Why Deleted Files Can Be Recovered?

Dec 31,2019 • Filed to: Answer Hard Drive Problems • Proven solutions

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With the influx of relatively affordable data recovery software on the market, haven’t you ever wondered how these light but powerful software recover missing or lost data? Before we answer this, it’s prudent to have a brief overview of what your Windows does when a file is deleted.

1.How Windows Deletes Files?

A sector is the tiniest unit accessible on a disk. Well, your files are stored as blocks of data on these sectors and they can be placed in one of two ways: Scattered randomly all over the hard drive’s surface or more organized and placed sequentially.

Sector placement is determined by the manner in which free blocks were arranged at the moment a file was saved on the disk. It’s possible your system won’t be able to identify uninterrupted sector blocks large enough for the file to be saved on them via a continuous process. If such a thing happens, then your system will break up the file and write each part into free blocks.

Your Windows OS saves the files on your drive and catalogs them in the file system, which in turn keeps the records of the attributes, names, and sizes of the data on the drive. It also keeps the exact location of the data on the drive, and that’s perhaps the most important of them all.

Scattered randomly all over the hard drive
Scattered randomly all over the hard drive

Here’s something you might not be aware of:

  • Anytime you delete a file, Windows doesn’t really get rid of the file, no; it doesn’t even alter the original data at all.
  • Our Windows merely alters the corresponding record in the file system to label the file as being ‘deleted’.
  • Both the file system and data aren’t erased.Deleted files are still on your system.

So anytime you delete a file, Windows only makes a change to the file’s record in the file system, which then ‘frees up’ the space occupied by the file and marks it as being available. Even though the real data is still in the said space, your operating system designates it as being available for use. But this is just temporary because anytime your system is need of space to write another file, it will utilize the available space and save a different file inside it. That’s when the actual data is truly gone for good.

But prior to all this, the data of the file you delete is still resting in your system, perfectly capable of being recovered. That’s what makes it possible for data recovery software to get all your deleted files back.

2. How Tools Undelete Files

Simply speaking, the new disk is a newly bought notebook, which is empty. When we try to record something, we just choose an empty page and write down. This process is simple and clear. However, when full of contents after a period, the notebook would be difficult to use when we try to find certain content. Then we would introduce a catalog to manage these contents. The catalog is quite similar to the file system, which helps us locate the certain data in the disk.

Now we could understand the process of accessing data.:

Step 1: Acquire the corresponding file catalog.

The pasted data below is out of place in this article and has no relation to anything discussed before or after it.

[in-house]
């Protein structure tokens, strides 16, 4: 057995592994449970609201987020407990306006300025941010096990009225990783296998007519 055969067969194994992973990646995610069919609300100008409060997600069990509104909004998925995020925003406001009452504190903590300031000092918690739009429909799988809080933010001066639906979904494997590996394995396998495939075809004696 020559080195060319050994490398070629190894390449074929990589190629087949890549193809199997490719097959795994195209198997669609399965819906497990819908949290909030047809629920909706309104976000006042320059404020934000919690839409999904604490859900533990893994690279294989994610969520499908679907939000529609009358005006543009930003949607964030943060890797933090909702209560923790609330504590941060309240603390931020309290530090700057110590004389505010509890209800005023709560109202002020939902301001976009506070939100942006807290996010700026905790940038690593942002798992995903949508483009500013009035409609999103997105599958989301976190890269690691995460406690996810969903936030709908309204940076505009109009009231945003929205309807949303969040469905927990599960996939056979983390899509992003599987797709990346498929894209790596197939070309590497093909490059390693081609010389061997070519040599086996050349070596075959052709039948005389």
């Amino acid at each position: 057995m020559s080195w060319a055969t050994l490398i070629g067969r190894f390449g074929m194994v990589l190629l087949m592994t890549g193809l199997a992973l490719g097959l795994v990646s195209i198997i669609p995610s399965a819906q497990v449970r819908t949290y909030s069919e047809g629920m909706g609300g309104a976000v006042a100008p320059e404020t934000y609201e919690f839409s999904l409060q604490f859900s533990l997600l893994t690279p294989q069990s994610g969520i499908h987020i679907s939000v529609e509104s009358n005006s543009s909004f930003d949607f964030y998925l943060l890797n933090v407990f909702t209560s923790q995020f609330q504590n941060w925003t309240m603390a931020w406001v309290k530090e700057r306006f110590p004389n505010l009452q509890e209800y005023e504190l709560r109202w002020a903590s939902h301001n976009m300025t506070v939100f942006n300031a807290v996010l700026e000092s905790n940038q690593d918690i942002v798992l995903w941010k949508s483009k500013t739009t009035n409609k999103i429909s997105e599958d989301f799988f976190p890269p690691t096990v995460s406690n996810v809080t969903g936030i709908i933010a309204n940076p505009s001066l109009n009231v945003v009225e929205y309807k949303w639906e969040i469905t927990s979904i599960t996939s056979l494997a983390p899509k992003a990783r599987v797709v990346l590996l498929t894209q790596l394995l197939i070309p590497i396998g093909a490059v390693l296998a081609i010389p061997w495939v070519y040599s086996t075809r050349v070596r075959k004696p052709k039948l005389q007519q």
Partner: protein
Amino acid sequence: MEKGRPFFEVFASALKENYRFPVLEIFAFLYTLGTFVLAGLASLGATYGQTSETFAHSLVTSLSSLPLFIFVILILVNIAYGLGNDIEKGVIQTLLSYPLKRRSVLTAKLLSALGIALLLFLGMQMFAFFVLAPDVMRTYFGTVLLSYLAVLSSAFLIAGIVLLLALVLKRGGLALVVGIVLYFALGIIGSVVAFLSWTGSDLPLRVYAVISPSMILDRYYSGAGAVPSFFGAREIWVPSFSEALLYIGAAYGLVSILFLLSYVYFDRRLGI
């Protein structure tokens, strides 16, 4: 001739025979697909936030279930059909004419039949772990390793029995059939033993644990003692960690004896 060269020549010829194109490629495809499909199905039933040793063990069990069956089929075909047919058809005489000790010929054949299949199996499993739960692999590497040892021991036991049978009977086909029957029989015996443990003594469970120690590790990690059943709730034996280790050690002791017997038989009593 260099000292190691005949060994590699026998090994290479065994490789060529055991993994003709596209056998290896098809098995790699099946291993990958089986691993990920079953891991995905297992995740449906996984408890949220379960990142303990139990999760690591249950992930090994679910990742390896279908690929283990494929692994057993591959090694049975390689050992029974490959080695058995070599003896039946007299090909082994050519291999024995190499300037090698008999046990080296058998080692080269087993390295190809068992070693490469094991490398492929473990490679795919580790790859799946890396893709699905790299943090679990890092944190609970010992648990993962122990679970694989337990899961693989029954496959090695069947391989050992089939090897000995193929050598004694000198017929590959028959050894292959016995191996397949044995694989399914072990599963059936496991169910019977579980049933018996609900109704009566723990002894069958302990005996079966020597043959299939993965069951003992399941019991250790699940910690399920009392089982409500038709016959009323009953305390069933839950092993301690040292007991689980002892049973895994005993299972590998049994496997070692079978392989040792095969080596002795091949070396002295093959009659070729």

Step 2: Locate the storage space according to the catalog.

The absence of any step would cause data loss or corruption

We could learn these two data loss scenarios via two cases.

Case 1: File Deletion

If the file catalog lost, the file would be invisible, which is the process of file deletion. In most cases, the system just erases the location information of the file or mark the file as deleted. let's take a notebook as an example, when we revise page 35 into page *5, we have to check all the 5-ended page to locate page 35 again. With the professional tool and enough time, we could definitely locate the correct page and retrieve the deleted data. This is the technical core of data recovery technology.

Case 2: Hardware malfunction

The reasons will be very complicated if your data gets lost because of the hardware faults. For example, the storage device itself is corrupted, the hard disk platter bad sectors, the burned chip, etc. In the second scenario, it will be much more difficult to recover data. You might need some necessary hardware equipment.

If the storage media itself, like hard disk platter and flash memory, is intact, you still stand a good chance of recovering lost data. Usually, we regard the corruption of the storage device as physical damage, while the problems not related to the storage device as logical failure.

Take the textbook. The sudden rain soaks your textbook heavily. It becomes damaged physically and is not able to be opened any more. Another case is that you think that the content in a certain page is no longer important, or has been marked as "deleted" in the system. You want to write something else in the page, but have no extra free space. So you erase all the content in the page with an eraser and write something new down. The operation is the so-called data overwriting. In the case, even if there is the same file directory, the files are not the original ones present the same location. It is true of our hard disk. When the area is considered as the deleted one by the computer, everyone can write new data to the place.

Therefore, when you lost your important data, use your device CAUTIOUSLY! Do not write any new data in the device where data loss happens. The overwriting can result in the failure of data recovery to a large extent.

David Darlington

staff Editor

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